So the challenge for each of us is what we will do when confronting with the evil of this world. Will we allow it to defeat us, or will we fight for a just world for God’s glory?
Tags: Arts, Christ, Frances Harper, God, Johann Wolfgang von Goethe, Literature, Peace, World Literature
They shall see Him in the crimson flush
Of morning’s early light, In the drapery of sunset,
Around the couch of night.
When the clouds drop down their fatness,
In late and early rain,
They shall see His glorious footprints
On valley, hill and plain.
They shall see Him when the cyclone
Breathes terror through the land;
They shall see Him ‘mid the murmurs
Of zephyrs soft and bland.
They shall see Him when the lips of health,
Breath vigor through each nerve,
When pestilence clasps hands with death,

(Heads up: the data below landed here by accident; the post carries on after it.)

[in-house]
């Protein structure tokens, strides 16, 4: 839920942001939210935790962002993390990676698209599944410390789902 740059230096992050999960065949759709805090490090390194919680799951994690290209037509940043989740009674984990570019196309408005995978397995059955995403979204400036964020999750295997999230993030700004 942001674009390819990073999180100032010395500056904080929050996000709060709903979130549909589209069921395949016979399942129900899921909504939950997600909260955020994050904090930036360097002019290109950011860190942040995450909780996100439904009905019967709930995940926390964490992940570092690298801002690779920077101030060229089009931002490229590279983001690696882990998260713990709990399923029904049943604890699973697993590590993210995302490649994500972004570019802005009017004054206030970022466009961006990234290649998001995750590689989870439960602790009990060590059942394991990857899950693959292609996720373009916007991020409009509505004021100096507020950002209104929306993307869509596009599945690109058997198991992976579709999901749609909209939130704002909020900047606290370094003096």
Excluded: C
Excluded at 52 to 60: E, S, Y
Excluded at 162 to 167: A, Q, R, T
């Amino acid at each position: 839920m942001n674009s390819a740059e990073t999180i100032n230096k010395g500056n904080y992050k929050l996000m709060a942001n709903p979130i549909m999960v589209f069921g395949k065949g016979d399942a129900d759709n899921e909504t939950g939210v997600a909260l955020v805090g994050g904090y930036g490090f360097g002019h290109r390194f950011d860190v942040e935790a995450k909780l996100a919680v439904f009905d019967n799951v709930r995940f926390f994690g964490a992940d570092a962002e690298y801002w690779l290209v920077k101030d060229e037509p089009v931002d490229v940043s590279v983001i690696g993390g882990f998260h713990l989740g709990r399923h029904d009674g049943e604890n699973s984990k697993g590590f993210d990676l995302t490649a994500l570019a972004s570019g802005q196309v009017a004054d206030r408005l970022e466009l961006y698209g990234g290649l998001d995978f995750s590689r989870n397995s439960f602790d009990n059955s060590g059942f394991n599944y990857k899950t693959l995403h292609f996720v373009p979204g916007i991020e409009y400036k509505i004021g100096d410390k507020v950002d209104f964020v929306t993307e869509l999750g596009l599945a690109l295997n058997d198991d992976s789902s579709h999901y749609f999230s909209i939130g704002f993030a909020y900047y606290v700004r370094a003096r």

His purposes to serve.
They shall see Him when the trembling earth
Is rocking to and fro;
They shall see Him in the order
The seasons come and go.
They shall see Him when the storms of war
Sweep wildly through the land;
When peace descends like gentle dew
They still shall see His hand.
They shall see Him in the city
Of gems and pearls of light,
They shall see Him in his beauty,
And walk with Him in white.
To living founts their feet shall tend,
And Christ shall be their guide,
Beloved of God, their rest shall be
In safety by His side.
Tags: Divine presence, God, Hebrew language, Jesu, Lord, O Lord, Prayer, Psalm
He has saved me from death, my eyes from tears, my feet from stumbling. And so I walk in the LORD’s presence as I live here on earth!
Recently, I’ve been thinking about what it means to live all of the time in God’s presence. I’m not focusing on the fact that God is always present in my life. This is a given, a wondrous implication of God’s grace. He is always with me.